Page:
There I was, poised with the first draft of my masters thesis, ready to jack it under the rear wheels of my car so that I could vent my anger and frustration. Never had I felt this kind of undiluted rage in dealing with a piece of writing. As far as I was concerned, the first draft was complete and therefore the entire piece was finished; however, my thesis advisor didn’t quite agree with me. A less deranged friend of mine talked me out of repeatedly backing over my thesis, and convinced me that it didn’t really matter if I did leave tire marks on it because I had multiple drafts on my disk. But still, I knew that it would just feel so good to leave some tire tread on the paper.
I had not written a thesis as an undergrad, and I was looking forward to this process. It took some time for me to find a professor willing to work with me, but after a number of false starts, I finally came to Peter Heinegg’s door. My thesis was based on the disparate work of Nathaniel Hawthorne and radical feminist theologian Mary Daly. Each week that I left Peter’s office, I found myself laden with at least five books that he deemed absolutely crucial to my writing and thinking process. At one point, I needed an English translation of a German text, and when I finally secured it, I opened the cover to find that the work had been translated by Peter. It was somewhat humbling to work with him because he was so intelligent; however, he was an absolutely amazing teacher and I credit him with helping me to fully understand the impact that revision has on the writing process.
At times, during the writing of our theses, my roommate and I were reduced to performing stupid hair tricks in the wee hours of the morning to entertain ourselves and to create some levity during this, at times, tedious task. I did actually enjoy writing parts of the thesis, yet at other times, the task seemed overwhelming. So, when I came to the end of the first draft of my thesis, I was convinced I had produced a solid piece of writing and that I was finally, and thankfully, done with it. At the point at which I was ready to jack the thesis under my rear tires, I knew I had worked hard on this piece, harder than I had ever worked on a piece of writing in my life. It was certainly the longest piece of writing that I had ever produced; yet I had erroneously equated length with good quality. I had done no revising to this piece, nor had I achieved any distance from it in order set it aside to come back to it at a later time.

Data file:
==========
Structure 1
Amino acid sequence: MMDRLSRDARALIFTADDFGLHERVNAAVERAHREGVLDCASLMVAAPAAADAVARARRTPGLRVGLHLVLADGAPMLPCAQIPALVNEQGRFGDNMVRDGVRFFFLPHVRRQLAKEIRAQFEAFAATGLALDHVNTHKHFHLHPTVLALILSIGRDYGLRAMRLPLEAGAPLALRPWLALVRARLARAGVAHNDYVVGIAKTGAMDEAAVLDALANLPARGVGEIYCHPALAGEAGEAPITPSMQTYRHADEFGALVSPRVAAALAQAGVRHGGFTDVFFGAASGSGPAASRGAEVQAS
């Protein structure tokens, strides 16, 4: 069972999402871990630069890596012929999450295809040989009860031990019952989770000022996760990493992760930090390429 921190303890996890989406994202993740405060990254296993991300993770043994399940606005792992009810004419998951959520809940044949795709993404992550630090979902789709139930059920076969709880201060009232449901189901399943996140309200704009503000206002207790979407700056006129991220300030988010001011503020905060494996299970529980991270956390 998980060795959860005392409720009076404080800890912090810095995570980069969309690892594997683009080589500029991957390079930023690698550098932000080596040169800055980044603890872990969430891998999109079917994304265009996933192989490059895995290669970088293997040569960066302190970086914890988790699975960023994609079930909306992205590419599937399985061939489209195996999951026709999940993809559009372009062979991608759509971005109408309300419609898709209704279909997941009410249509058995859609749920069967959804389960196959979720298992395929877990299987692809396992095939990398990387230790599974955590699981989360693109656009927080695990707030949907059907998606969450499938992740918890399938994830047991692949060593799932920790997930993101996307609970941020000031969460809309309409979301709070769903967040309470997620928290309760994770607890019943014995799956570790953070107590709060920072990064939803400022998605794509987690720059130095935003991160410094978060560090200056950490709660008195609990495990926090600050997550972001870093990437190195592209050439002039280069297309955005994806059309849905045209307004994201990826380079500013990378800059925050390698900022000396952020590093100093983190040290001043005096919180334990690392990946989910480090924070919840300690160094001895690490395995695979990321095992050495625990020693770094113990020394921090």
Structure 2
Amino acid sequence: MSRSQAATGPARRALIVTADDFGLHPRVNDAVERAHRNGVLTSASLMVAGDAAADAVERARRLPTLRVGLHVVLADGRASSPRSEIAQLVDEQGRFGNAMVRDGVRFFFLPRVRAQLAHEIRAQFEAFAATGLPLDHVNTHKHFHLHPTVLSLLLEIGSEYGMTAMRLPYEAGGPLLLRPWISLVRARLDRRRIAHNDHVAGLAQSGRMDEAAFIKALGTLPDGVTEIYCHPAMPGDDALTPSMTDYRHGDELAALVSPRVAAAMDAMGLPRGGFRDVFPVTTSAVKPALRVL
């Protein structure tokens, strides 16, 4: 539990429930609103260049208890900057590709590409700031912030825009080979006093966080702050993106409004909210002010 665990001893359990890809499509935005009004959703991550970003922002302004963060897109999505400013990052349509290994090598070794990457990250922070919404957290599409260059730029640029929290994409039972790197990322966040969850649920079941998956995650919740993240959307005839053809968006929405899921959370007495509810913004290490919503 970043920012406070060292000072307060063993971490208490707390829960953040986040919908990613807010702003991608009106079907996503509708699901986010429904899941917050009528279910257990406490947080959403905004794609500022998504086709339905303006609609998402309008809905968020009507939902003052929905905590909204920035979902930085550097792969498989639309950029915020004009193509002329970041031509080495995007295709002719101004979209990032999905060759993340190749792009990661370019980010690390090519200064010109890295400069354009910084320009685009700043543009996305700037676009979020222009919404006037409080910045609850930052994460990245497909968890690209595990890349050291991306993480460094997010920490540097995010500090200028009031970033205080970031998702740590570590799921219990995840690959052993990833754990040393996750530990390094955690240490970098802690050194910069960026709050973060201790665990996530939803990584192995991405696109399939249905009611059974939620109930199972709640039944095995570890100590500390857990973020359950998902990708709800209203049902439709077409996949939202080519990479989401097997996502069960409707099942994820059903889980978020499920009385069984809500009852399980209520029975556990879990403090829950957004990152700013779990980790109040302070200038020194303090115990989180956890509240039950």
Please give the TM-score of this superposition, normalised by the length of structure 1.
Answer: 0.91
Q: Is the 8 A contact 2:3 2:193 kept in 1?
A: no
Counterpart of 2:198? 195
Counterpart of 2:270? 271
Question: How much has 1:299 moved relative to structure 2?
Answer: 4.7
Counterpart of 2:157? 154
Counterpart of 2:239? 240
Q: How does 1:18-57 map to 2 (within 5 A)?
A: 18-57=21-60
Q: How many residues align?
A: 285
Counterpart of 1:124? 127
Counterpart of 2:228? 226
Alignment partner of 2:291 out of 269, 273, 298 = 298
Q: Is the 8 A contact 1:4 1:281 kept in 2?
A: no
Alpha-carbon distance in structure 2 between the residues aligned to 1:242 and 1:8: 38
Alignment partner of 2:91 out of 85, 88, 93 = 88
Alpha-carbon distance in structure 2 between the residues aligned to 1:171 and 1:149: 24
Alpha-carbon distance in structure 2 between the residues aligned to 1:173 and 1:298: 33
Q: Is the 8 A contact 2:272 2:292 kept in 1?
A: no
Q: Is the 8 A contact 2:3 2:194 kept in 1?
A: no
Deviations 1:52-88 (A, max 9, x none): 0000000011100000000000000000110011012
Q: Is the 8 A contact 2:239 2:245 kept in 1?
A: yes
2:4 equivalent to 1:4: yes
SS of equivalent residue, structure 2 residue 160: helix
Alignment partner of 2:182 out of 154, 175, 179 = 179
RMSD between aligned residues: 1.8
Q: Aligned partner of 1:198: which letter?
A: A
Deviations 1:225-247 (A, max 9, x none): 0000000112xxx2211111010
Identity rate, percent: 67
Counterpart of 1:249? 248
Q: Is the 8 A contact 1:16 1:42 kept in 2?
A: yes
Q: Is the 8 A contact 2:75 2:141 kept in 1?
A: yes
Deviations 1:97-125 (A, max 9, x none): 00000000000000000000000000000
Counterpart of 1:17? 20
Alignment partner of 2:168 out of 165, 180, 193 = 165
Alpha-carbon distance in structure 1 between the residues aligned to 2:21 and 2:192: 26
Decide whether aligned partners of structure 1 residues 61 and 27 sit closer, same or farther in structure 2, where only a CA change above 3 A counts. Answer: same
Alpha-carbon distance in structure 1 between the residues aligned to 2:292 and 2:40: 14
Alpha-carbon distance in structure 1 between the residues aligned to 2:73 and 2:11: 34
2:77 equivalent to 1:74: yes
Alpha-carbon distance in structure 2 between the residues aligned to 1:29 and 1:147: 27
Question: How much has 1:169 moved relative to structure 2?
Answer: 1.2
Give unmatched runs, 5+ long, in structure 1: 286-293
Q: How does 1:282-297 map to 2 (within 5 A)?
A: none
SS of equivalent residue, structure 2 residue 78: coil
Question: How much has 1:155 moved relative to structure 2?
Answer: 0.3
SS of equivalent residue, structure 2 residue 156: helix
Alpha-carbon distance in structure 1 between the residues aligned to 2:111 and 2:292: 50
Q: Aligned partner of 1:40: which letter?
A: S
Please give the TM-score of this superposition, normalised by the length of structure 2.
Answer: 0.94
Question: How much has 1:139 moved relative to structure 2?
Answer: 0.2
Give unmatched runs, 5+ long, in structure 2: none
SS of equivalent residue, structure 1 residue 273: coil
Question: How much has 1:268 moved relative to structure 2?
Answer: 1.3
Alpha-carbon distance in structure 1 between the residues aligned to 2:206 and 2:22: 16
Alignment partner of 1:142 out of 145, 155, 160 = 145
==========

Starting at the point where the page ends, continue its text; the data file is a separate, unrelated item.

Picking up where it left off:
In the past, I had not written drafts of my papers; I had been told since high school that I was a reasonably decent writer. I was a comparative literature major in college, and again, I had earned solid grades on my writing assignments, and I had worked hard, but I had not slaved over draft after draft. I tended to write well under pressure (or so I thought), but I left no time for revisions. Usually, I was finishing up the paper within hours of the class in which it was...